Monday, December 19, 2011

Poison Train

Mick O'Rourke

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This old town has had its day

All the people moved away

And the houses standing empty
In the dry and the dusty day

No one cares for this old town

Now the money's not around

And the railway lines are rusty

And the station's falling down


There's a light down the line
Let it shine, shine, let it shine

There's a camp down the way

All the fettlers will be coming home today

When the railway opened here
All the gutters flowed with beer

And the people stood beside the line

To watch and wave and cheer

All the speeches that were made

When the bosses smiled and said

'The good times are just beginning
Follow us and you'll go ahead'

Well, they built the street so wide
It would be a thing of pride
To walk across it drunk
Or throw a stone to the other side

And the buildings grew so tall

You would tremble at the fall
But they've just dried out

And you would never know

There was anyone there at all

I still hear the tall man say

To the children at their play
'You'd better go home early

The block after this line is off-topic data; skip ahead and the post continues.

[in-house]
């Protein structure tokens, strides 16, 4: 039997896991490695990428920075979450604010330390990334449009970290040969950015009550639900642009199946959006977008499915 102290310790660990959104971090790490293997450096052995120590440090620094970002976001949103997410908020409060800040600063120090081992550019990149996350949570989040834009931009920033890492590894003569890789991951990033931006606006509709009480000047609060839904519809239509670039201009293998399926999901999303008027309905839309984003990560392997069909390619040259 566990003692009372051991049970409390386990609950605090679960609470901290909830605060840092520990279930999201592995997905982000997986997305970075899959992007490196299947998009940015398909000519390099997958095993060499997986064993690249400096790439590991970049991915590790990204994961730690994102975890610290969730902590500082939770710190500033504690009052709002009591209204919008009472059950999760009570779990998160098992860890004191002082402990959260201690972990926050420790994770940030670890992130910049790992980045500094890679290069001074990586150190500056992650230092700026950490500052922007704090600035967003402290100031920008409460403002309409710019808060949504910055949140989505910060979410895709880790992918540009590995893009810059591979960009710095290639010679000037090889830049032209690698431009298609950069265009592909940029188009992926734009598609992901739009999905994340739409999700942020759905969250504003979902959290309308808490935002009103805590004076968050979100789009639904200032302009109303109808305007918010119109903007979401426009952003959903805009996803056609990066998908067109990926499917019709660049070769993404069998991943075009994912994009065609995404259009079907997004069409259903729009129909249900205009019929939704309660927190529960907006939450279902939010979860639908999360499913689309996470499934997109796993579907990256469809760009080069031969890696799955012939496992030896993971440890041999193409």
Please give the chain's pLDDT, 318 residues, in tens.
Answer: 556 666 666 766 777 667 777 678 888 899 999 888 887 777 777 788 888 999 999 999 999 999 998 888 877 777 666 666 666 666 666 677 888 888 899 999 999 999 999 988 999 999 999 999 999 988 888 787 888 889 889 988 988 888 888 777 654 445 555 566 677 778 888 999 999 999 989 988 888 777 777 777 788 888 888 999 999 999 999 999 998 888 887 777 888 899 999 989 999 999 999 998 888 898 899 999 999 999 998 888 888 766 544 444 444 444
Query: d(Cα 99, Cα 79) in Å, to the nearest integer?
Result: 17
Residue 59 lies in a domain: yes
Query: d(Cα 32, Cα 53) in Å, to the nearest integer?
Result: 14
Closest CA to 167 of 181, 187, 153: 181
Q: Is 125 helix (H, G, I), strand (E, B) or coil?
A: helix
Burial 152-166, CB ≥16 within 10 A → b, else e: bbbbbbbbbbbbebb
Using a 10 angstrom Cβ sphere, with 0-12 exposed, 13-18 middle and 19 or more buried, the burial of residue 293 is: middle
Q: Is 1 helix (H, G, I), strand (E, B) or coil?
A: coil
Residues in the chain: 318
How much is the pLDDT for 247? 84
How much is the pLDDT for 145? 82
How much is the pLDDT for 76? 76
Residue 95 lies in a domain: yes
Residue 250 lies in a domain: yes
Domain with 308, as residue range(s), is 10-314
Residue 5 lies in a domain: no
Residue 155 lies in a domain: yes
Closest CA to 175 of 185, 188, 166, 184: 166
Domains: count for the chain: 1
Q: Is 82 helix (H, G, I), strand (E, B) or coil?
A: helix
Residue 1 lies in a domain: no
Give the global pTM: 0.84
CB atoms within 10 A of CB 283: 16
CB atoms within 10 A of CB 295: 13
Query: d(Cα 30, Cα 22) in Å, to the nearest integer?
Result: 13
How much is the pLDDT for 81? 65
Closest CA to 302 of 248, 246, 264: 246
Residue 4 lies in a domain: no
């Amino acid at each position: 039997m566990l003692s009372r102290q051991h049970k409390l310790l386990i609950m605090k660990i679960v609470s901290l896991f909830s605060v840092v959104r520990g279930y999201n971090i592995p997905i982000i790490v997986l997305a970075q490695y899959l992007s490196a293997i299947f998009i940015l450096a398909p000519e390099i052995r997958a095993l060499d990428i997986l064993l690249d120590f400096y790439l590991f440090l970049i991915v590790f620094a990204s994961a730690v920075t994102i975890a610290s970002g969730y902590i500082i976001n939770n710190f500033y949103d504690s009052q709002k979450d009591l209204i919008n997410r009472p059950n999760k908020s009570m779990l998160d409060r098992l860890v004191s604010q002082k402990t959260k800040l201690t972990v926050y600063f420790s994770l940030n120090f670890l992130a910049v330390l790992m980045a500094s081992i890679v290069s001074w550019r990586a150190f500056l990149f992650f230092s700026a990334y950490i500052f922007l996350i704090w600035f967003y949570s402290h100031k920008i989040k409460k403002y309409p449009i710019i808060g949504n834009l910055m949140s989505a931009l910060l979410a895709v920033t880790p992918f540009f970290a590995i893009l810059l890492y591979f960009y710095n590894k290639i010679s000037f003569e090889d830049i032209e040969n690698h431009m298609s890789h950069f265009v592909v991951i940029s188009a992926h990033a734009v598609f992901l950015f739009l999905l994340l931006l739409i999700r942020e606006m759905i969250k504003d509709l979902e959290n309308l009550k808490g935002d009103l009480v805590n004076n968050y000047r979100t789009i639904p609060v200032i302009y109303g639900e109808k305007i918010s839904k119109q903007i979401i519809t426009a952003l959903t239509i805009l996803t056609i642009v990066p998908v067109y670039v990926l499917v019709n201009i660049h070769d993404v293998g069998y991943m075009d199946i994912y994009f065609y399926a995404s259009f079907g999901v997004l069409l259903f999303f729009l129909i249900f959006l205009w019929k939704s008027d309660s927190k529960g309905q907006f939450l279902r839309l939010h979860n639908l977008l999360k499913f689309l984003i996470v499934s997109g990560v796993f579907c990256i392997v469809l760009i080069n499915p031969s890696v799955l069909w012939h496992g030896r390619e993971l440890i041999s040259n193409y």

And you'd better stay away
Stay away from the line

Can't you hear the railway humming

The grass has grown too tall
And the poison train is coming

You feel sorry for the grass

All it did was grow too fast

All the weapons used against it

It was never made to last

And the man and his offsider
Are all dressed in black

As the poison train goes through the town
And blisters all the track

Well, it never lasted long
Half the town was packed and gone
And everybody was afraid
To be left there alone

All the people stayed away

And there was no celebration
Nobody made a speech the day
They closed the railway station

A great song from Mick O'Rourke.

The illustration to this post is a photograph of Poison Train Near Kingston from Johnny's Pages (A South Australian Railway Shunters Memories)

This song is from Songs of Australian Working Life, (Thérèse Radic, Greenhouse Publications, 1989):

... an important singer and songwriter of the Australian Folk Revival. O'Rourke was brought up on the Atherton Tableland, which seems to have provided the central image of this song. The train he refers to is the defoliant special used in tropis northern Queensland to keep the tracks free of weeds. O'Rourke equates it with the ruthlessness of economic forces against which the rural community feels powerless.

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